Organic and low-input dairy farming can be more sustainable than conventional practices, but technical and financial constraints can limit uptake of these farms. This type of farming would benefit from strategies to improve production and animal health while reducing production costs and improving overall efficiency. The EU-funded SOLID (Sustainable organic and low-input dairying (SOLID)) initiative worked to make low-input dairy farming competitive in the European market. The research team focused on strategies to improve feeding and identifying animal breeds adapted to these types of systems. SOLID aimed to help farmers identify their needs and study organic and low-input supply chains to evaluate new strategies. Researchers identified common priorities for different groups of farmers through public meetings. The researchers investigated favourable genetic traits across various organic and low-input farms. They monitored flocks of dairy goats and herds of dairy cows to measure whether breeds adapted for low-input farming show useful genetic variations. SOLID found no significant differences between genotypes in terms of energy used for metabolism, breeding and lactation. Project work also focused on developing and using sustainable, high-quality feed resources to make forage-dominated diets more efficient. The researchers also created a decision-support tool to help farmers choose the most sustainable approach to feeding. Finally, they studied the impact of SOLID innovative practices on the economic performance of dairy farms across Europe. Environmentally friendly dairy farming is a growing field that will benefit from a coordinated approach to improving productivity. SOLID has helped to provide this coordination along with scientific research to help farms become more economically successful whilst at the same time providing benefits to society.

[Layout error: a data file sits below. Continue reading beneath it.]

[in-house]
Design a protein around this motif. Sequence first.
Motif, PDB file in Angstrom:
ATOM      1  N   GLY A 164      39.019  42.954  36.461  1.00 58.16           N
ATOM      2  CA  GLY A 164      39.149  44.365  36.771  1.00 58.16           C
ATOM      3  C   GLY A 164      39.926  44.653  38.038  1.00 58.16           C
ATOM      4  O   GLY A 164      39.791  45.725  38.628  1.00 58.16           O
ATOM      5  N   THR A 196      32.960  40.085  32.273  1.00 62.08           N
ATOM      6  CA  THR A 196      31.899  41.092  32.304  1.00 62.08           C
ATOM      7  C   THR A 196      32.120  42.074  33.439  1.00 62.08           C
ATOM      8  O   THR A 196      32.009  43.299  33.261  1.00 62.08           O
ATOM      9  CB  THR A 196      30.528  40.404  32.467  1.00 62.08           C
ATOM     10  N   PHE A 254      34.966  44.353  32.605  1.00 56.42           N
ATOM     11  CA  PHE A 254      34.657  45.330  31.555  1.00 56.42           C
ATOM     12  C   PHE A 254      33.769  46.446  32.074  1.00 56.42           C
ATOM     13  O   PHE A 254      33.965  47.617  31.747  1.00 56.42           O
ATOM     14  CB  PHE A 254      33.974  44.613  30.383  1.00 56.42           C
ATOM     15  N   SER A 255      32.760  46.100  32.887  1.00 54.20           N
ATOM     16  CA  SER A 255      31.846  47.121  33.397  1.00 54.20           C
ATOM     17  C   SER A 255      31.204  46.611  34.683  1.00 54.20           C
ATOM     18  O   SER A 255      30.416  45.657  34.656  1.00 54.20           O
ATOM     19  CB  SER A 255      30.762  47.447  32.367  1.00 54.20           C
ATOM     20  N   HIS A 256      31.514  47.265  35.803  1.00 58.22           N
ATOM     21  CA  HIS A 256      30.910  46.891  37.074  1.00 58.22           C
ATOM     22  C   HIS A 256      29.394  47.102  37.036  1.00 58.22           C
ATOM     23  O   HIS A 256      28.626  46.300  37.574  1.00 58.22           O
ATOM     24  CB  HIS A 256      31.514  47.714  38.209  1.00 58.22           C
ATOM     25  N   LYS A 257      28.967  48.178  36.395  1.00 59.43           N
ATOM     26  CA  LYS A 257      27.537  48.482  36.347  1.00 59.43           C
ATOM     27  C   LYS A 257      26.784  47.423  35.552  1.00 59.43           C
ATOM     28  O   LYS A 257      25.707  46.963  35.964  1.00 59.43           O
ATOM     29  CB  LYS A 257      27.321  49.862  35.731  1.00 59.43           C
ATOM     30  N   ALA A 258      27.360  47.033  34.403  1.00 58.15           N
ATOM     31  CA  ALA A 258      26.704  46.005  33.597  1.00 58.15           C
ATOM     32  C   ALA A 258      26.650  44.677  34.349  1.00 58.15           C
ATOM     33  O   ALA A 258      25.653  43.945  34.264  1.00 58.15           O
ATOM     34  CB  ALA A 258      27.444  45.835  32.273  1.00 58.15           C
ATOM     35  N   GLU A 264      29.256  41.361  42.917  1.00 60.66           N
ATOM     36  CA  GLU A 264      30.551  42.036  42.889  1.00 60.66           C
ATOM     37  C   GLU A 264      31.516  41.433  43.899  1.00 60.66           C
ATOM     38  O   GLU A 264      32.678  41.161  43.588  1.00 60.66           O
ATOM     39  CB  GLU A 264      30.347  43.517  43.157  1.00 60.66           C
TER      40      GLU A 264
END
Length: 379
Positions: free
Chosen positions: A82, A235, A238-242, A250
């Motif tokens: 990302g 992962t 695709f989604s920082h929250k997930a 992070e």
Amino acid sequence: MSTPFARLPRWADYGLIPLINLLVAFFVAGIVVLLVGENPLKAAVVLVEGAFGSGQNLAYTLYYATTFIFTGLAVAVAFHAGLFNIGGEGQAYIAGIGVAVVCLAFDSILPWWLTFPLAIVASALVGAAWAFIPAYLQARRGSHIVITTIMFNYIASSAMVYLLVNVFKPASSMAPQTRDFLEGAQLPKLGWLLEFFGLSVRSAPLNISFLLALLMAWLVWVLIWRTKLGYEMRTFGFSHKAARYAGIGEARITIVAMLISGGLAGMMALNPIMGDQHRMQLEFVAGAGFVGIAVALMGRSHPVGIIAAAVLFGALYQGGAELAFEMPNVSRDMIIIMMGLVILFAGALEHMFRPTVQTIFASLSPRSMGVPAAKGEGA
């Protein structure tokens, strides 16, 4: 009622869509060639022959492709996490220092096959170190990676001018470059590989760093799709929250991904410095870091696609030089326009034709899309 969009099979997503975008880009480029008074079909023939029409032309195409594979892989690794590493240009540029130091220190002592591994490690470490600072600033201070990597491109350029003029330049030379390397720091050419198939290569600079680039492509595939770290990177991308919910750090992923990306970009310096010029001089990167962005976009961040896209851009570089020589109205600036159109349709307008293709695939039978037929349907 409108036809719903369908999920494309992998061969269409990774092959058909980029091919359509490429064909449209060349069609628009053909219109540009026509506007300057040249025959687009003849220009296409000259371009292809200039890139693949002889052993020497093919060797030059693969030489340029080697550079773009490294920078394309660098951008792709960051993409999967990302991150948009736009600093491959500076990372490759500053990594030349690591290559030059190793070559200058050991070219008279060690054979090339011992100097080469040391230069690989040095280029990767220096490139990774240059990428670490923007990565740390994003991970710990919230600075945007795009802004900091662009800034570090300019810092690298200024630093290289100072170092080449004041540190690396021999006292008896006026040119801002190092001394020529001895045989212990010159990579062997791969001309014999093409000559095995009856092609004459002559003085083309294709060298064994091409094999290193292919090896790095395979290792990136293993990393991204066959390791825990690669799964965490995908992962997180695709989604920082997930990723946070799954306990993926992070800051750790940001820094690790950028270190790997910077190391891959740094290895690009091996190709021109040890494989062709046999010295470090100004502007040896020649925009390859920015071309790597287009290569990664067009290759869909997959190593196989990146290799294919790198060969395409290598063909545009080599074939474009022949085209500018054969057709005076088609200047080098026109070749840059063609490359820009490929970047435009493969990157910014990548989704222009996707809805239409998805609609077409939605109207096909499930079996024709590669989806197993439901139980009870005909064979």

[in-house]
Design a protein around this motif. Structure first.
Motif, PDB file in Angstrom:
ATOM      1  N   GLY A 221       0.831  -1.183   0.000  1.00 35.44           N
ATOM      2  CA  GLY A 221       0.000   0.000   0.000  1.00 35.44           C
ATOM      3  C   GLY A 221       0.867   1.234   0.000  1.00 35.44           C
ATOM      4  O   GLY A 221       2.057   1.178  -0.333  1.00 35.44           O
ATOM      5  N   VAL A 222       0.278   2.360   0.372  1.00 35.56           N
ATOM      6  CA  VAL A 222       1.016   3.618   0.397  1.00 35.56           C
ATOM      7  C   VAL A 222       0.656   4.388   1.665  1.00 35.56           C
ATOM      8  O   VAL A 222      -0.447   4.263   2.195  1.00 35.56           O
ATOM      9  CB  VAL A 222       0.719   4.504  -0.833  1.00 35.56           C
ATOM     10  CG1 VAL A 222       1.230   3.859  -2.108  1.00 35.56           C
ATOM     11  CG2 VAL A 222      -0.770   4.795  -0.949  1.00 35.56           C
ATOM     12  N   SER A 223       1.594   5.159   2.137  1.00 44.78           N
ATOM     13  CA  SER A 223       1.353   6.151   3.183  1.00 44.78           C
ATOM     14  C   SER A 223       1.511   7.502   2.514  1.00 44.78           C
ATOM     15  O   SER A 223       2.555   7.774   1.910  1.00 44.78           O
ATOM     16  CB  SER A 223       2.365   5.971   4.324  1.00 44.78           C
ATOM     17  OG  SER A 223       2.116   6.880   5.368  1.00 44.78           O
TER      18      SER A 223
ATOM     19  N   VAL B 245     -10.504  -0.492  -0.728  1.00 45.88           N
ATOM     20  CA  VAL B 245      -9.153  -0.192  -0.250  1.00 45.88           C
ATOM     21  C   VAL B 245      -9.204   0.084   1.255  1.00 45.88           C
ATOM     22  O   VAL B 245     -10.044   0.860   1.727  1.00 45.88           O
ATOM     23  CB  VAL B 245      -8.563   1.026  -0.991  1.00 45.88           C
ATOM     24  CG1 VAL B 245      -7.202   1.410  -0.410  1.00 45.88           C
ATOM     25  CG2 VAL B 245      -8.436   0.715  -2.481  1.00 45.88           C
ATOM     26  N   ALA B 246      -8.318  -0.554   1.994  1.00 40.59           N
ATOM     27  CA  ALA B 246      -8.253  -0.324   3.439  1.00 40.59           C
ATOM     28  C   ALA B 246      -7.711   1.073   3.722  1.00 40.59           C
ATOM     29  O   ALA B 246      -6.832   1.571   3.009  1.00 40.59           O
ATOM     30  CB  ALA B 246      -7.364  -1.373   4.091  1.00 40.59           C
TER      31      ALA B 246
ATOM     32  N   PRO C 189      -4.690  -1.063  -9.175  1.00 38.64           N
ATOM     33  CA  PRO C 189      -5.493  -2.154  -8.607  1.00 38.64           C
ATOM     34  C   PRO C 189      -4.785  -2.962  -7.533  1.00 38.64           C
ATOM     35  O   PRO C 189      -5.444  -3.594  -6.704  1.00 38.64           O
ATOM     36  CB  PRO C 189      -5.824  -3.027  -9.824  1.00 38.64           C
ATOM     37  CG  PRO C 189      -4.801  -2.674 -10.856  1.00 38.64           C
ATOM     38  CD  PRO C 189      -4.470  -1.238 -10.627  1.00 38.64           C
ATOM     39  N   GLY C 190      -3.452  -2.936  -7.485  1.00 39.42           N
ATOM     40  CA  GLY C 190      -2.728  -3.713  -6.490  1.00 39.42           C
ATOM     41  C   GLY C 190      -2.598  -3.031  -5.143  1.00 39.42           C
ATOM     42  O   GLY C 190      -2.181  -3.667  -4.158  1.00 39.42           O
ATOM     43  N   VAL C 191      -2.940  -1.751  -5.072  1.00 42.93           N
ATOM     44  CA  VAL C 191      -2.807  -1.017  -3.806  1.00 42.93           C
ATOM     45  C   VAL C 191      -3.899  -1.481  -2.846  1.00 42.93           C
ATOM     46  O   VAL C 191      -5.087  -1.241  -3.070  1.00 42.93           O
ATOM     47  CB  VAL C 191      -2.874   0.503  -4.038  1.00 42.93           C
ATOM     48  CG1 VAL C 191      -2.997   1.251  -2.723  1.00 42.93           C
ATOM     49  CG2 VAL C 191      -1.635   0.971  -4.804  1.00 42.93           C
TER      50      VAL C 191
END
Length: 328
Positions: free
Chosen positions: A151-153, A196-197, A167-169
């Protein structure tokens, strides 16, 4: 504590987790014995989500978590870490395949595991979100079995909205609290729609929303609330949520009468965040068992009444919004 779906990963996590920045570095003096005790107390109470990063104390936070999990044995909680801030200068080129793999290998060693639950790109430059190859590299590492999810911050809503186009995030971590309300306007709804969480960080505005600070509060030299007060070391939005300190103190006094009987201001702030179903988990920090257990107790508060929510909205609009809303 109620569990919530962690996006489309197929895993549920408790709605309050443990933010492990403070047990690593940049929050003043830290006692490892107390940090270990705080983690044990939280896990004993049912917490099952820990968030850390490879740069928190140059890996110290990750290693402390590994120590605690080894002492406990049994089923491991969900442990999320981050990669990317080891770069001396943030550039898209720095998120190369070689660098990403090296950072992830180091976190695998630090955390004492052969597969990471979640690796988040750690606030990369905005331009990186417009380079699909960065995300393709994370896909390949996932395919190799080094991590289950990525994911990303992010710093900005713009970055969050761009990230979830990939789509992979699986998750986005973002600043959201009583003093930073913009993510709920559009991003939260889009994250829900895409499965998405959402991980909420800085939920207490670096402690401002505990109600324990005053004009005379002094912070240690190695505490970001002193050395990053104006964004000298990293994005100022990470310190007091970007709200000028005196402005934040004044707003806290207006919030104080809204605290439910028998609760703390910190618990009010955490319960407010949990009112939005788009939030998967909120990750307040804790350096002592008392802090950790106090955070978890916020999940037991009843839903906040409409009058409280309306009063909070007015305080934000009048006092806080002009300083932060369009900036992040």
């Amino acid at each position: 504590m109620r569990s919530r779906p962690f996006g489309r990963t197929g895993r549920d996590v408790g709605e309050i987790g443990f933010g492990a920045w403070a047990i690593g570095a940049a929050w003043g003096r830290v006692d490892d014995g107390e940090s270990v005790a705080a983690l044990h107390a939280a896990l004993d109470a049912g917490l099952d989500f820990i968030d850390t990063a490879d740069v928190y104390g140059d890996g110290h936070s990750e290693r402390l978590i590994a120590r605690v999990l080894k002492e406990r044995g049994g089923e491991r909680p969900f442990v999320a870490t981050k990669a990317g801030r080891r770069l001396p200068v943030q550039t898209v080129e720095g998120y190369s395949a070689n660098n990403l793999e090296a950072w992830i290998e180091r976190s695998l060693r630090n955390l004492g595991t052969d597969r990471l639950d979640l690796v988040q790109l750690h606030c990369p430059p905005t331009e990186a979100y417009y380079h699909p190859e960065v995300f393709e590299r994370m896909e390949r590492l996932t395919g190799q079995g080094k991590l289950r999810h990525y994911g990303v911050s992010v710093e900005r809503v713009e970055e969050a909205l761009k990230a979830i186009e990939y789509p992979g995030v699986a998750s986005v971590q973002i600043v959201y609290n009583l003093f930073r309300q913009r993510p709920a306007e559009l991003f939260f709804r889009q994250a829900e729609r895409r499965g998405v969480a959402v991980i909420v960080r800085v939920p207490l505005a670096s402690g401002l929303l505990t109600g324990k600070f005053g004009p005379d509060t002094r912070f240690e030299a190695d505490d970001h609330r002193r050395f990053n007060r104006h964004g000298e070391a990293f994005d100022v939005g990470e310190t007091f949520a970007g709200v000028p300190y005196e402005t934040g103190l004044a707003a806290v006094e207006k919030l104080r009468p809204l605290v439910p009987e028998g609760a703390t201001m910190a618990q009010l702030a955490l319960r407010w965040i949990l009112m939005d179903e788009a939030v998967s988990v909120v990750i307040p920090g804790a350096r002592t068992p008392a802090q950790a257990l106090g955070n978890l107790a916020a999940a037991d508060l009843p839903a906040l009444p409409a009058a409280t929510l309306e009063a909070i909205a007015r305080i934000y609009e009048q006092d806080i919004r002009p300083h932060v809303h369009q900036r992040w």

Organic, dairy goat, dairy cow, low-input dairy farming, SOLID